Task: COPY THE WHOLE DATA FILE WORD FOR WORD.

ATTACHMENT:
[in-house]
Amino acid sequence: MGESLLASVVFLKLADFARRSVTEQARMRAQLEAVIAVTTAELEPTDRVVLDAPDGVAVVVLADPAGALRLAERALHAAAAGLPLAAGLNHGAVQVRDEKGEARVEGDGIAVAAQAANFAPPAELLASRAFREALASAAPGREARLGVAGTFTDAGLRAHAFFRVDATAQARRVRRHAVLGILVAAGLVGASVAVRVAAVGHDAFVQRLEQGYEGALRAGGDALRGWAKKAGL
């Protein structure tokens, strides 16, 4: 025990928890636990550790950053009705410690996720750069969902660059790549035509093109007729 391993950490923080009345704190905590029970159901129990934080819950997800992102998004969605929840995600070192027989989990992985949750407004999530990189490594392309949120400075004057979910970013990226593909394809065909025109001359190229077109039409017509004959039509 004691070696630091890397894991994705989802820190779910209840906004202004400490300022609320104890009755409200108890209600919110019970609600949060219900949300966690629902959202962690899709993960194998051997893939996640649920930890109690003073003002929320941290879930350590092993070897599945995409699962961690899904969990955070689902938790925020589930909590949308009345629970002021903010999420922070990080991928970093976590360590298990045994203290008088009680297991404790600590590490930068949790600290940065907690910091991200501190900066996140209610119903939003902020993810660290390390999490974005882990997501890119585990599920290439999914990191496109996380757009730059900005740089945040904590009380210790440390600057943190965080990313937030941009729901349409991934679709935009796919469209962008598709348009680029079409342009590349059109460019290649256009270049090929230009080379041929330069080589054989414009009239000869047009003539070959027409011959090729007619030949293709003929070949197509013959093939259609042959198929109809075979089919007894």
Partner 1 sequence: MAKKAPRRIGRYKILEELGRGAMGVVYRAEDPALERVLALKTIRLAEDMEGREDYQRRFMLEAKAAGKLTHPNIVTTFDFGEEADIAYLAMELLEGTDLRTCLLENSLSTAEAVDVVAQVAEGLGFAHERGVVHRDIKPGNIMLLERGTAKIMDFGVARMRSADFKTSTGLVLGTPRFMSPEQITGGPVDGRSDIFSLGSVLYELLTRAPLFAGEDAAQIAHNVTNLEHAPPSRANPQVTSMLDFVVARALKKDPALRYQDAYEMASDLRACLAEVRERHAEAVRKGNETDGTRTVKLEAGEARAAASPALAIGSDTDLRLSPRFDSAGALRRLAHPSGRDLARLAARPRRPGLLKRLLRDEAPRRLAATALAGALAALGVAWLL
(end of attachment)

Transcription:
[in-house]
Amino acid sequence: MGESLLASVVFLKLADFARRSVTEQARMRAQLEAVIAVTTAELEPTDRVVLDAPDGVAVVVLADPAGALRLAERALHAAAAGLPLAAGLNHGAVQVRDEKGEARVEGDGIAVAAQAANFAPPAELLASRAFREALASAAPGREARLGVAGTFTDAGLRAHAFFRVDATAQARRVRRHAVLGILVAAGLVGASVAVRVAAVGHDAFVQRLEQGYEGALRAGGDALRGWAKKAGL
């Protein structure tokens, strides 16, 4: 025990928890636990550790950053009705410690996720750069969902660059790549035509093109007729 391993950490923080009345704190905590029970159901129990934080819950997800992102998004969605929840995600070192027989989990992985949750407004999530990189490594392309949120400075004057979910970013990226593909394809065909025109001359190229077109039409017509004959039509 004691070696630091890397894991994705989802820190779910209840906004202004400490300022609320104890009755409200108890209600919110019970609600949060219900949300966690629902959202962690899709993960194998051997893939996640649920930890109690003073003002929320941290879930350590092993070897599945995409699962961690899904969990955070689902938790925020589930909590949308009345629970002021903010999420922070990080991928970093976590360590298990045994203290008088009680297991404790600590590490930068949790600290940065907690910091991200501190900066996140209610119903939003902020993810660290390390999490974005882990997501890119585990599920290439999914990191496109996380757009730059900005740089945040904590009380210790440390600057943190965080990313937030941009729901349409991934679709935009796919469209962008598709348009680029079409342009590349059109460019290649256009270049090929230009080379041929330069080589054989414009009239000869047009003539070959027409011959090729007619030949293709003929070949197509013959093939259609042959198929109809075979089919007894």
Partner 1 sequence: MAKKAPRRIGRYKILEELGRGAMGVVYRAEDPALERVLALKTIRLAEDMEGREDYQRRFMLEAKAAGKLTHPNIVTTFDFGEEADIAYLAMELLEGTDLRTCLLENSLSTAEAVDVVAQVAEGLGFAHERGVVHRDIKPGNIMLLERGTAKIMDFGVARMRSADFKTSTGLVLGTPRFMSPEQITGGPVDGRSDIFSLGSVLYELLTRAPLFAGEDAAQIAHNVTNLEHAPPSRANPQVTSMLDFVVARALKKDPALRYQDAYEMASDLRACLAEVRERHAEAVRKGNETDGTRTVKLEAGEARAAASPALAIGSDTDLRLSPRFDSAGALRRLAHPSGRDLARLAARPRRPGLLKRLLRDEAPRRLAATALAGALAALGVAWLL